Despite all the reasonable arguments for being gold; Governments are running up huge deficits, gold is a store against uncertainty, gold is a good protection against inflation etc., it is not something a value investor should be investing in. Seth Klarman recently stated that he has never been so worried about the economy in his life. You would think he would be buying gold, since gold does well in times of uncertainty. But Klarman said the opposite, “Near its all-time high, it’s a very hard moment to recommend gold”. Benjamin Graham in The Intelligent Investor also expresses his opposition to investing in gold.
Jeremy Siegel in Stocks for the Long Run writes how gold has barely beaten inflation over the past 200 years. although I would say it makes more sense to evaluate gold returns only after 1971 when the US officially went off the gold standard.
First, by its nature value investing is contrarian. Going with the crowd who keep pushing gold up to higher levels every day is something a value investor should be afraid of. legendary investor Bruce Berkowitz's motto is "ignore the crowd". The best time to buy gold is when everyone is down on it like they were only 10 years ago. If you bought ten years ago you would have about a 5X return on your investment, not bad especially during "the lost decade".
More importantly, gold should altogether be avoided by any pure value investor. It is impossible to put an intrinsic value on gold. Companies can be evaluated in numerous ways based on earnings, assets, growth etc. However, gold is just a metal which has no intrinsic value. Any time you are buying without establishing a margin of safety you are more likely speculating than you are investing.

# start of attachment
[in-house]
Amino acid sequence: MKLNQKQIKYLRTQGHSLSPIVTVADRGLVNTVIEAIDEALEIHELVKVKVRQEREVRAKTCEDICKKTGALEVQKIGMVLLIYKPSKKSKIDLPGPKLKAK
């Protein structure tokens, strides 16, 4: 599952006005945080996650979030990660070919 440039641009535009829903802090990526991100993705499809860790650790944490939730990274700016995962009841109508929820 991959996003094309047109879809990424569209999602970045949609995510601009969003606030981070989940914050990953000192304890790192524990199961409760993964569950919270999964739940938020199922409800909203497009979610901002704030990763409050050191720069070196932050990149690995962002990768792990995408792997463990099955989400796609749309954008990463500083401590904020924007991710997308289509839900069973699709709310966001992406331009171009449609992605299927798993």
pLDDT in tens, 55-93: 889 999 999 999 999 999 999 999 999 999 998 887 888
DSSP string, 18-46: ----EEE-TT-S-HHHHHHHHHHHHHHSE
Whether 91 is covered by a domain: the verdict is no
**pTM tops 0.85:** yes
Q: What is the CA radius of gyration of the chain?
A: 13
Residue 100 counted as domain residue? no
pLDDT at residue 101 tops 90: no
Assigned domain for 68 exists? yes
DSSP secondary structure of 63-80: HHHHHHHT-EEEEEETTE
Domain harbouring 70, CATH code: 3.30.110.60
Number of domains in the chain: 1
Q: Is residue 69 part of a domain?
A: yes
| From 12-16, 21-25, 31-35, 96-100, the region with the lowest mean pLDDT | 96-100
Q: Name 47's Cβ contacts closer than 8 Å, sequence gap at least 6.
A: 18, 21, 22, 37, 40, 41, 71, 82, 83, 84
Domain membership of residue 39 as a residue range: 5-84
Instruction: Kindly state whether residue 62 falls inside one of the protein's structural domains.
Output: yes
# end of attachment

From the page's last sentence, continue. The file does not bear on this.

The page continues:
Value investors should stick to what they do best. Buy stocks at a discount to their intrinsic value. Value Investors should not be dabbling in gold.
Gold is also not a safe investment. A company with a strong balance sheet, moat, and trading at a discount to its intrinsic value can go down a lot in value without any deterioration in the business environment. This is because Mr. Market has its mood swings. You can buy lower and wait for your investment thesis to play out. However, if you buy gold at $1350 an ounce and it drops 50% there is no way to tell if it is trading above, at, or below its intrinsic value. That is why you will have no idea what do to if there is a sharp decline in gold prices.
Below is an excerpt from the interview with Buffett followed by a link to the rest of the article:
The first thing I notice on my most recent visit with Warren E. Buffett, who recently turned 80, is how incredible he looks. He would look terrific for 50; for 80, he looks like Charles Atlas. He's modest about it, as he is about everything. "It all works great," he says. "The eyes, the hearing -- everything works great ... which it will until it all falls apart."
The second thing you notice is that he is so smart it curls your hair.
My first question, as I sit there on the couch in his office, is: "What about gold? Is this a classic bubble or what?"
"Look," he says, with his usual confident laugh. "You could take all the gold that's ever been mined, and it would fill a cube 67 feet in each direction. For what that's worth at current gold prices, you could buy all -- not some -- all of the farmland in the United States. Plus, you could buy 10 Exxon Mobils, plus have $1 trillion of walking-around money. Or you could have a big cube of metal. Which would you take? Which is going to produce more value?"